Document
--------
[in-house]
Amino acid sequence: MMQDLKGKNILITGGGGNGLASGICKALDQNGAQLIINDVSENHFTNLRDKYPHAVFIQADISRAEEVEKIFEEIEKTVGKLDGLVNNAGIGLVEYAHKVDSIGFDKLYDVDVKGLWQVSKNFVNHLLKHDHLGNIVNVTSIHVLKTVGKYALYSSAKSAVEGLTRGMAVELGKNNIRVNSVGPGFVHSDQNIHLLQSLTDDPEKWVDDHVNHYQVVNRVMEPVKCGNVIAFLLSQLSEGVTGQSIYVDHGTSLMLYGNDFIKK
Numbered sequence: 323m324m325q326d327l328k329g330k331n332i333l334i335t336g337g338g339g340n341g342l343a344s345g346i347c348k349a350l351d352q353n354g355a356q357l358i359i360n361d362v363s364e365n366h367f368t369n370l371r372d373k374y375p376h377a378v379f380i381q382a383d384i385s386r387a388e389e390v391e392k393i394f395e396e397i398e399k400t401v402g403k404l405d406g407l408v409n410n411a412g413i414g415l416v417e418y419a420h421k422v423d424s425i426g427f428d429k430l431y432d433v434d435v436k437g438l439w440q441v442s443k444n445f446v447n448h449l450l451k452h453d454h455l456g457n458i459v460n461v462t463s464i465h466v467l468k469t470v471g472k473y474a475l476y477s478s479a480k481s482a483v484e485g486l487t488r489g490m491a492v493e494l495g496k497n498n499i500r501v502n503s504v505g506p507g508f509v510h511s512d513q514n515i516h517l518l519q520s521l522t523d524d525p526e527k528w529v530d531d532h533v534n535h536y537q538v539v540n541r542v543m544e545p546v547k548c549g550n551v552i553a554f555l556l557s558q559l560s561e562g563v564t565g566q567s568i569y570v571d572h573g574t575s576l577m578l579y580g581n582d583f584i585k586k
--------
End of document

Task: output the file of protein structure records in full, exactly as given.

[in-house]
Amino acid sequence: MMQDLKGKNILITGGGGNGLASGICKALDQNGAQLIINDVSENHFTNLRDKYPHAVFIQADISRAEEVEKIFEEIEKTVGKLDGLVNNAGIGLVEYAHKVDSIGFDKLYDVDVKGLWQVSKNFVNHLLKHDHLGNIVNVTSIHVLKTVGKYALYSSAKSAVEGLTRGMAVELGKNNIRVNSVGPGFVHSDQNIHLLQSLTDDPEKWVDDHVNHYQVVNRVMEPVKCGNVIAFLLSQLSEGVTGQSIYVDHGTSLMLYGNDFIKK
Numbered sequence: 323m324m325q326d327l328k329g330k331n332i333l334i335t336g337g338g339g340n341g342l343a344s345g346i347c348k349a350l351d352q353n354g355a356q357l358i359i360n361d362v363s364e365n366h367f368t369n370l371r372d373k374y375p376h377a378v379f380i381q382a383d384i385s386r387a388e389e390v391e392k393i394f395e396e397i398e399k400t401v402g403k404l405d406g407l408v409n410n411a412g413i414g415l416v417e418y419a420h421k422v423d424s425i426g427f428d429k430l431y432d433v434d435v436k437g438l439w440q441v442s443k444n445f446v447n448h449l450l451k452h453d454h455l456g457n458i459v460n461v462t463s464i465h466v467l468k469t470v471g472k473y474a475l476y477s478s479a480k481s482a483v484e485g486l487t488r489g490m491a492v493e494l495g496k497n498n499i500r501v502n503s504v505g506p507g508f509v510h511s512d513q514n515i516h517l518l519q520s521l522t523d524d525p526e527k528w529v530d531d532h533v534n535h536y537q538v539v540n541r542v543m544e545p546v547k548c549g550n551v552i553a554f555l556l557s558q559l560s561e562g563v564t565g566q567s568i569y570v571d572h573g574t575s576l577m578l579y580g581n582d583f584i585k586k